March 5, 2015 \ Rachel Jellinek
Throwback Thursday: International Women’s Day in Russia

InternationalWomensDay

Gifts for International Women’s Day

International Women’s Day is coming up on Sunday, March 8th, so I thought I would use the occasion (a few days early) as an opportunity for Throwback Thursday. Back to the early 90s, to be specific. At that time, I was living in St. Petersburg, Russia, and, while there, I celebrated International Women’s Day for the first time. This holiday is a big deal in Russia. Among other traditions, it’s very common for men to give women gifts in honor of the day.

English class. Dima is sitting in the back row wearing a striped sweater.

I was in St. Petersburg from June 1993 – April 1994, teaching English and leading an after-school club on American culture.  Before I arrived, I was told that I would be assigned to the youngest children in the school.  Upon my arrival, these were the students who greeted me in my classroom!  I can still remember my student, Dima, on the first day of school, asking me if I will be teaching the class “American English” or “British English,” because he would definitely prefer “British English”!

The three things that made the greatest impression upon me when I was in St. Petersburg were:

The beauty of St. Petersburg

GostinyDvor1993

Gostiny Dvor, 1993. Click image to see the Ladas better.

The city was founded by Peter the Great in the early 18th century and meant to rival the great cities of Western Europe. Much of Peter’s Baroque architecture in the center of the city is still intact and stretches along the Neva River and multiple canals.  A few of my favorite buildings were the Hermitage, the Russian Museum, the Winter Palace, and Peterhof Palace. I wasn’t a shopper, but even their department store, Gostiny Dvor, was beautiful, despite needing a little facelift. Notice, too, the old Soviet Ladas.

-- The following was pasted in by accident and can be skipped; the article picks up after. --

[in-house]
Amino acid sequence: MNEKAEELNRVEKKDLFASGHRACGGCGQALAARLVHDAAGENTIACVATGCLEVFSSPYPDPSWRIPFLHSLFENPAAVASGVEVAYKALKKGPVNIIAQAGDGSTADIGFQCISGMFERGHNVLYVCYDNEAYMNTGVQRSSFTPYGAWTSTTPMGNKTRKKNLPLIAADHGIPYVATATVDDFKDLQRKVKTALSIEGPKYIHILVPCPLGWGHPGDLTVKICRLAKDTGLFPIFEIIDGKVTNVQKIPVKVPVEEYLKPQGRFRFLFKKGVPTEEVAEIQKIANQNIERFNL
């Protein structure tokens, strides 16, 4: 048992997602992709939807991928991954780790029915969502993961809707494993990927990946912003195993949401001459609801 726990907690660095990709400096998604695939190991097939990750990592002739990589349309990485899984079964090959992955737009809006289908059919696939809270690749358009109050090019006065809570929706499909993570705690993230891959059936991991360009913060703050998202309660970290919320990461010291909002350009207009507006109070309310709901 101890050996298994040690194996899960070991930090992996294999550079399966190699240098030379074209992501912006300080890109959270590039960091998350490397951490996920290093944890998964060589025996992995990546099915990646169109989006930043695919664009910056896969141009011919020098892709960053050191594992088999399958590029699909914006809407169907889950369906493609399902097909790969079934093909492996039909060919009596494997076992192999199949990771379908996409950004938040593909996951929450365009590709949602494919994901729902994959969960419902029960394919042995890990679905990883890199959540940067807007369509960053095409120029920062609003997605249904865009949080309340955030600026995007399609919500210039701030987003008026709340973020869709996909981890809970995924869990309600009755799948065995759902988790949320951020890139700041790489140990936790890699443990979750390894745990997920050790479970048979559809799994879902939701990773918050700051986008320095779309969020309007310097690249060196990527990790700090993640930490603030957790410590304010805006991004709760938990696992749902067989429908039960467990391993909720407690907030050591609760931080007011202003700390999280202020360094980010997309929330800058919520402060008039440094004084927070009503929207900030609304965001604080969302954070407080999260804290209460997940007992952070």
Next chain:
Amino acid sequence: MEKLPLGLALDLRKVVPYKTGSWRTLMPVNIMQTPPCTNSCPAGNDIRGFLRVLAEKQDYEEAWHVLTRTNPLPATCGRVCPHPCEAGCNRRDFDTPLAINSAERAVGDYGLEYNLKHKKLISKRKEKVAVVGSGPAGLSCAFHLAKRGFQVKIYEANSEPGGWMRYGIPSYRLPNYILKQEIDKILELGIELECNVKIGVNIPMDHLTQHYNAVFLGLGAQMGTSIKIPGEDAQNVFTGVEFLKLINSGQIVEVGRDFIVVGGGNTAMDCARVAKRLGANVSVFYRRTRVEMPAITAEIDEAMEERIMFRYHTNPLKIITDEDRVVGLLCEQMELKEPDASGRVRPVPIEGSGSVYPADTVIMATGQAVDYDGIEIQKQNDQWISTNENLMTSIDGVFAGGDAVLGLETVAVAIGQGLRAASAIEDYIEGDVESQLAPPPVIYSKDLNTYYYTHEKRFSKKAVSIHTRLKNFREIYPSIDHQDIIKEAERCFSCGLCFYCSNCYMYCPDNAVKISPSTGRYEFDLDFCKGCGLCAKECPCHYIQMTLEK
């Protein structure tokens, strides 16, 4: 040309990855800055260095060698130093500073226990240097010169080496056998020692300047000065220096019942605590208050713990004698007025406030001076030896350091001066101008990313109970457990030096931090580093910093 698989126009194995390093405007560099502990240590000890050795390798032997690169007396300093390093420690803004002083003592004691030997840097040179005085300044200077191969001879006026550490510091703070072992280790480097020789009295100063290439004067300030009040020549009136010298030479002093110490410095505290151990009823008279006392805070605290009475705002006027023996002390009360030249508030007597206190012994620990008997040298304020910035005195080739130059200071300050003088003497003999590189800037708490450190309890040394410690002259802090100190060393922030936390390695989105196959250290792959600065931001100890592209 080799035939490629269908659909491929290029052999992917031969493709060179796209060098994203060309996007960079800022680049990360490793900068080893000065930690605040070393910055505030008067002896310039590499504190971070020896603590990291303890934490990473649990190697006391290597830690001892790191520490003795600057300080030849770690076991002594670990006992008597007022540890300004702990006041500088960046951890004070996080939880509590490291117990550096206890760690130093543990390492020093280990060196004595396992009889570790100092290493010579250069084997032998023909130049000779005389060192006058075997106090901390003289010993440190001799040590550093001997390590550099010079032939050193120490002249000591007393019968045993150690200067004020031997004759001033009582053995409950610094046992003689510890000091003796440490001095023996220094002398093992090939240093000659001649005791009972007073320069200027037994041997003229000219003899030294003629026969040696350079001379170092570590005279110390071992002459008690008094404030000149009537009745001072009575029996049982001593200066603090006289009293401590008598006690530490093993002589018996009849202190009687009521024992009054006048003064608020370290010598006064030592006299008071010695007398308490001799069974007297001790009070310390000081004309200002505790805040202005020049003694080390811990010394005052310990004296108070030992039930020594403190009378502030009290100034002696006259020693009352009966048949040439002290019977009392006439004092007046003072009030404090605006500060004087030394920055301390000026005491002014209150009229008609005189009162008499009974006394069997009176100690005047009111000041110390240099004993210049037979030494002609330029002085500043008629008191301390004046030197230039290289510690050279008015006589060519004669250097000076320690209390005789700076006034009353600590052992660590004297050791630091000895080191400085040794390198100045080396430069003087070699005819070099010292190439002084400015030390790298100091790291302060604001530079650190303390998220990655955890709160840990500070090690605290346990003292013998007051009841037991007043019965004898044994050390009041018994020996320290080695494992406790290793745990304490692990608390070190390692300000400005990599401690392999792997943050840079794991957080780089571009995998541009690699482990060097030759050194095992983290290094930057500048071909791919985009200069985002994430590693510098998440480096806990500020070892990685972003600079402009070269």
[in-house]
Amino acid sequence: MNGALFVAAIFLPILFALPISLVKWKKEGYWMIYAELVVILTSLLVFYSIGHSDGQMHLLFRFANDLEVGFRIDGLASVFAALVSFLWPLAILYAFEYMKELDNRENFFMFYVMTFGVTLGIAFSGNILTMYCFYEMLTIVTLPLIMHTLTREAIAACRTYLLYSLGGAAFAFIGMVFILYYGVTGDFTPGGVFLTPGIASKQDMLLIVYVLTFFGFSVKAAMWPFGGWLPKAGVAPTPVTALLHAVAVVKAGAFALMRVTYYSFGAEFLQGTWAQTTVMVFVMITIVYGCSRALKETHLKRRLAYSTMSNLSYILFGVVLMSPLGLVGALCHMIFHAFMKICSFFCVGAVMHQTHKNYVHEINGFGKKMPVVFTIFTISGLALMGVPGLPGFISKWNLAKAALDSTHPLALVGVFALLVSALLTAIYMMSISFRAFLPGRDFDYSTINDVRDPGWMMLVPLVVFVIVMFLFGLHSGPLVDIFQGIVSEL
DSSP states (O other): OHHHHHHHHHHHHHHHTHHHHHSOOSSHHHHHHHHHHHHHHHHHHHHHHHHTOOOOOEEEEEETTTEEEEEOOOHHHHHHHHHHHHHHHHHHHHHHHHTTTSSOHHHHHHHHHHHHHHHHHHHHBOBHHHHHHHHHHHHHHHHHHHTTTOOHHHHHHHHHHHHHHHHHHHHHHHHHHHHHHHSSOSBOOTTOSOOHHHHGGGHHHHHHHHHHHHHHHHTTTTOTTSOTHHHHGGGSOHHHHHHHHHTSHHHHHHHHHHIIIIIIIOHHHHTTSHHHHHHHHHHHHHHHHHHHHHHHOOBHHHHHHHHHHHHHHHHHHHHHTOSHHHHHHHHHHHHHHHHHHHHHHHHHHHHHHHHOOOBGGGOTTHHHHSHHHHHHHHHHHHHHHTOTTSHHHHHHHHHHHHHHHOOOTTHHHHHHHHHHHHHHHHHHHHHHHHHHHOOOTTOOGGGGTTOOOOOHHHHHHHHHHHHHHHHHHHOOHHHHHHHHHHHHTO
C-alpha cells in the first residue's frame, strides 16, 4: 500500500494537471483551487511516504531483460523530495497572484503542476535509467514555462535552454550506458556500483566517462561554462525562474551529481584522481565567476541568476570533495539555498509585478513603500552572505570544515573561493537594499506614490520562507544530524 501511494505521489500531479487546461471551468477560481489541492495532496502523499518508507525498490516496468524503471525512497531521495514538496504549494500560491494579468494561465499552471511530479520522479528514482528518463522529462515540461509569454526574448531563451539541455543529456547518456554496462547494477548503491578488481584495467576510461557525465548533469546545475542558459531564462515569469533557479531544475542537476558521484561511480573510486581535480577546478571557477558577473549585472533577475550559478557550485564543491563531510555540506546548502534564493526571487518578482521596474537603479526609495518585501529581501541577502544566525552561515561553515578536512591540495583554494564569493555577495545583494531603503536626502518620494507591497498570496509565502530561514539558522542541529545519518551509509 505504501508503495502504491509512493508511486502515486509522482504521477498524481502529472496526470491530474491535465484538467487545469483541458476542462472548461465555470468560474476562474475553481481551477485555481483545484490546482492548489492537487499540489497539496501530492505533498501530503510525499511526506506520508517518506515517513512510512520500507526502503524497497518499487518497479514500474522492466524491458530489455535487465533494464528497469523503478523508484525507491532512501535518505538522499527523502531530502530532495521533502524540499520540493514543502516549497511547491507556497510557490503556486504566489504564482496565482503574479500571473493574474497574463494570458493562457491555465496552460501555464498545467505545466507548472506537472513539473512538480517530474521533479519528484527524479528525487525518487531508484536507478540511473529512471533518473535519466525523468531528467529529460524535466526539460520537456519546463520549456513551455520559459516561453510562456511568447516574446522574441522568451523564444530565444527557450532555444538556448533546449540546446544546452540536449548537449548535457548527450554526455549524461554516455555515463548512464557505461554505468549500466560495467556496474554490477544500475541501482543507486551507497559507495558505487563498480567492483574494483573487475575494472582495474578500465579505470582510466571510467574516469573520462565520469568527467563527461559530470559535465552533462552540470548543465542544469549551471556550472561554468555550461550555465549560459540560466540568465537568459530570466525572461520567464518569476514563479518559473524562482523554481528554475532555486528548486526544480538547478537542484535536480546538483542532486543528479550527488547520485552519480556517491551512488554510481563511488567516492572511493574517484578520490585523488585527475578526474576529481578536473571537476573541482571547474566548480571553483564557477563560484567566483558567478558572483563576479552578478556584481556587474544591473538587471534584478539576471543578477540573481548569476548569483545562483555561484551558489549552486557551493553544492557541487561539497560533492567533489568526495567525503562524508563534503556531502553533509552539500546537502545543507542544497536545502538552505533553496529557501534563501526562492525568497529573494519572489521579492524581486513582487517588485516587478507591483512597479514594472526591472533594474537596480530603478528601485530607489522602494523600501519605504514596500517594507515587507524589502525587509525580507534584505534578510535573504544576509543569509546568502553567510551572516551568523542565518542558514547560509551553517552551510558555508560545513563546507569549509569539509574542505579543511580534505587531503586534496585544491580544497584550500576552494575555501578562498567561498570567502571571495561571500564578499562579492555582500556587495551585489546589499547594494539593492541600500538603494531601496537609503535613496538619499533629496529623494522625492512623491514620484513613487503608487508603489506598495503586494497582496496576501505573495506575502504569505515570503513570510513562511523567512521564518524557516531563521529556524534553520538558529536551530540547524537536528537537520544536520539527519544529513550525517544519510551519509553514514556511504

The resilience and spirit of Russians

Gostiny Dvor, present day

Gostiny Dvor, present day

Many of the people I met had endured quite a lot of hardship over the years, particularly in the transition to a market economy at the beginning of the 90s.  Instead of having a fatalistic attitude, they made the best with what they had and forged on.

The absolute warmth and hospitality of friends and strangers

Building upon impression #2, many of the people I met had very little to give and yet they were incredibly generous with what they had.

One of my favorite pictures of my whole time in Russia is of this babushka, who came up to me at a BabuskhaBraidingHairstation platform, offering to braid my hair (which was the longest that my hair has ever been!) while we waited for the train to arrive.

Happy International Women’s Day to all of the babushki out there and to you too!


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